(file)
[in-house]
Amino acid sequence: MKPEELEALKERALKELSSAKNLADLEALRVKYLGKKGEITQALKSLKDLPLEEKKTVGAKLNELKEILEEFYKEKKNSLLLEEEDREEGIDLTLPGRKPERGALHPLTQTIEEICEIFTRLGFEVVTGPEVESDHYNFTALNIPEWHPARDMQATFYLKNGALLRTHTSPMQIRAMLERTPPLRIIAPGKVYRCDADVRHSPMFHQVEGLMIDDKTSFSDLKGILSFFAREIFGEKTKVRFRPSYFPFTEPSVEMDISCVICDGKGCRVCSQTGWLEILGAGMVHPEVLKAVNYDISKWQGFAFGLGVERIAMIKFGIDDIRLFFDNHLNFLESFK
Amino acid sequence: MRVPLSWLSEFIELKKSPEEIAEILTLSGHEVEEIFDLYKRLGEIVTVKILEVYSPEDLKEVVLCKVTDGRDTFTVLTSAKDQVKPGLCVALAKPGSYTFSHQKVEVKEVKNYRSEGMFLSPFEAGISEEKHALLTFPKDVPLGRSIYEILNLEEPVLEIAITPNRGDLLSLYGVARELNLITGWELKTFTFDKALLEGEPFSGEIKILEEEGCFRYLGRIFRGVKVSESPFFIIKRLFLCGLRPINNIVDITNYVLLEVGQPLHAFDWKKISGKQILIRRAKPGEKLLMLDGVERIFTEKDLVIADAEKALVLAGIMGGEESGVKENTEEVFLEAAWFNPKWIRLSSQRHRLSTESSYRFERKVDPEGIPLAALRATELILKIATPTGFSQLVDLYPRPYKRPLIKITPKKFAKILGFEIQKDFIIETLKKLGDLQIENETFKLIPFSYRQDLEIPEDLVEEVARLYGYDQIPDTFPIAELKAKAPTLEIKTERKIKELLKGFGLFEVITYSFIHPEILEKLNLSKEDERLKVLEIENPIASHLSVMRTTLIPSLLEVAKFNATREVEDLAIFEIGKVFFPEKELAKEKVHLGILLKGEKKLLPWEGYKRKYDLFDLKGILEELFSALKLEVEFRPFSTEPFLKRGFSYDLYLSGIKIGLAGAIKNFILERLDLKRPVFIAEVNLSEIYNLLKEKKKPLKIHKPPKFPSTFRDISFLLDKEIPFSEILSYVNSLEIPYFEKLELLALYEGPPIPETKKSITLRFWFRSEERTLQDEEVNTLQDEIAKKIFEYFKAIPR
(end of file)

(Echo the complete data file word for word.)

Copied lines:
[in-house]
Amino acid sequence: MKPEELEALKERALKELSSAKNLADLEALRVKYLGKKGEITQALKSLKDLPLEEKKTVGAKLNELKEILEEFYKEKKNSLLLEEEDREEGIDLTLPGRKPERGALHPLTQTIEEICEIFTRLGFEVVTGPEVESDHYNFTALNIPEWHPARDMQATFYLKNGALLRTHTSPMQIRAMLERTPPLRIIAPGKVYRCDADVRHSPMFHQVEGLMIDDKTSFSDLKGILSFFAREIFGEKTKVRFRPSYFPFTEPSVEMDISCVICDGKGCRVCSQTGWLEILGAGMVHPEVLKAVNYDISKWQGFAFGLGVERIAMIKFGIDDIRLFFDNHLNFLESFK
Amino acid sequence: MRVPLSWLSEFIELKKSPEEIAEILTLSGHEVEEIFDLYKRLGEIVTVKILEVYSPEDLKEVVLCKVTDGRDTFTVLTSAKDQVKPGLCVALAKPGSYTFSHQKVEVKEVKNYRSEGMFLSPFEAGISEEKHALLTFPKDVPLGRSIYEILNLEEPVLEIAITPNRGDLLSLYGVARELNLITGWELKTFTFDKALLEGEPFSGEIKILEEEGCFRYLGRIFRGVKVSESPFFIIKRLFLCGLRPINNIVDITNYVLLEVGQPLHAFDWKKISGKQILIRRAKPGEKLLMLDGVERIFTEKDLVIADAEKALVLAGIMGGEESGVKENTEEVFLEAAWFNPKWIRLSSQRHRLSTESSYRFERKVDPEGIPLAALRATELILKIATPTGFSQLVDLYPRPYKRPLIKITPKKFAKILGFEIQKDFIIETLKKLGDLQIENETFKLIPFSYRQDLEIPEDLVEEVARLYGYDQIPDTFPIAELKAKAPTLEIKTERKIKELLKGFGLFEVITYSFIHPEILEKLNLSKEDERLKVLEIENPIASHLSVMRTTLIPSLLEVAKFNATREVEDLAIFEIGKVFFPEKELAKEKVHLGILLKGEKKLLPWEGYKRKYDLFDLKGILEELFSALKLEVEFRPFSTEPFLKRGFSYDLYLSGIKIGLAGAIKNFILERLDLKRPVFIAEVNLSEIYNLLKEKKKPLKIHKPPKFPSTFRDISFLLDKEIPFSEILSYVNSLEIPYFEKLELLALYEGPPIPETKKSITLRFWFRSEERTLQDEEVNTLQDEIAKKIFEYFKAIPR